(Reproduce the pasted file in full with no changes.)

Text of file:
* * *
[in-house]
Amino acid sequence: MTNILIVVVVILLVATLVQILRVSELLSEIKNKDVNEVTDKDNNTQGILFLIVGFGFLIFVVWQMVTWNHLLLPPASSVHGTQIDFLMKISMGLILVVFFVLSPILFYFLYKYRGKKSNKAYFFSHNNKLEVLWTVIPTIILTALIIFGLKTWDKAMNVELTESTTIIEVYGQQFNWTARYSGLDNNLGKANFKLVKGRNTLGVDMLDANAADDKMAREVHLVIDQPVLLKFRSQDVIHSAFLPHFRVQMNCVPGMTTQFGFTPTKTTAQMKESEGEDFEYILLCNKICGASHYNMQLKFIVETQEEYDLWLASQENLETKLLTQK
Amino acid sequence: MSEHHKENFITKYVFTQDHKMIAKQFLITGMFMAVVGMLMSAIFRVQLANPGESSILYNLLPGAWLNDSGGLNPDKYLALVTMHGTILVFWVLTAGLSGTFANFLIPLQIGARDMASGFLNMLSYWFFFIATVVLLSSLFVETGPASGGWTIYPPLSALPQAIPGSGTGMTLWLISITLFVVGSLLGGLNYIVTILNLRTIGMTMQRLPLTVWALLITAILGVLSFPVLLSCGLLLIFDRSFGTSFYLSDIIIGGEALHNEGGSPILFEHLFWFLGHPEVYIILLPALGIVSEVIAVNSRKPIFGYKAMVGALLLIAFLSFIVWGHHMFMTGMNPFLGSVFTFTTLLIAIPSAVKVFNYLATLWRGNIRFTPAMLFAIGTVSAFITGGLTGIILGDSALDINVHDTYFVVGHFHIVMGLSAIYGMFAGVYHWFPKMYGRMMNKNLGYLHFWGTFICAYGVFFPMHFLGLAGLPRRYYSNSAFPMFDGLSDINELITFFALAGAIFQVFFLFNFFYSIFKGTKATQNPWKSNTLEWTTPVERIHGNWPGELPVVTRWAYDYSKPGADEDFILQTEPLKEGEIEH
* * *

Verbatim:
[in-house]
Amino acid sequence: MTNILIVVVVILLVATLVQILRVSELLSEIKNKDVNEVTDKDNNTQGILFLIVGFGFLIFVVWQMVTWNHLLLPPASSVHGTQIDFLMKISMGLILVVFFVLSPILFYFLYKYRGKKSNKAYFFSHNNKLEVLWTVIPTIILTALIIFGLKTWDKAMNVELTESTTIIEVYGQQFNWTARYSGLDNNLGKANFKLVKGRNTLGVDMLDANAADDKMAREVHLVIDQPVLLKFRSQDVIHSAFLPHFRVQMNCVPGMTTQFGFTPTKTTAQMKESEGEDFEYILLCNKICGASHYNMQLKFIVETQEEYDLWLASQENLETKLLTQK
Amino acid sequence: MSEHHKENFITKYVFTQDHKMIAKQFLITGMFMAVVGMLMSAIFRVQLANPGESSILYNLLPGAWLNDSGGLNPDKYLALVTMHGTILVFWVLTAGLSGTFANFLIPLQIGARDMASGFLNMLSYWFFFIATVVLLSSLFVETGPASGGWTIYPPLSALPQAIPGSGTGMTLWLISITLFVVGSLLGGLNYIVTILNLRTIGMTMQRLPLTVWALLITAILGVLSFPVLLSCGLLLIFDRSFGTSFYLSDIIIGGEALHNEGGSPILFEHLFWFLGHPEVYIILLPALGIVSEVIAVNSRKPIFGYKAMVGALLLIAFLSFIVWGHHMFMTGMNPFLGSVFTFTTLLIAIPSAVKVFNYLATLWRGNIRFTPAMLFAIGTVSAFITGGLTGIILGDSALDINVHDTYFVVGHFHIVMGLSAIYGMFAGVYHWFPKMYGRMMNKNLGYLHFWGTFICAYGVFFPMHFLGLAGLPRRYYSNSAFPMFDGLSDINELITFFALAGAIFQVFFLFNFFYSIFKGTKATQNPWKSNTLEWTTPVERIHGNWPGELPVVTRWAYDYSKPGADEDFILQTEPLKEGEIEH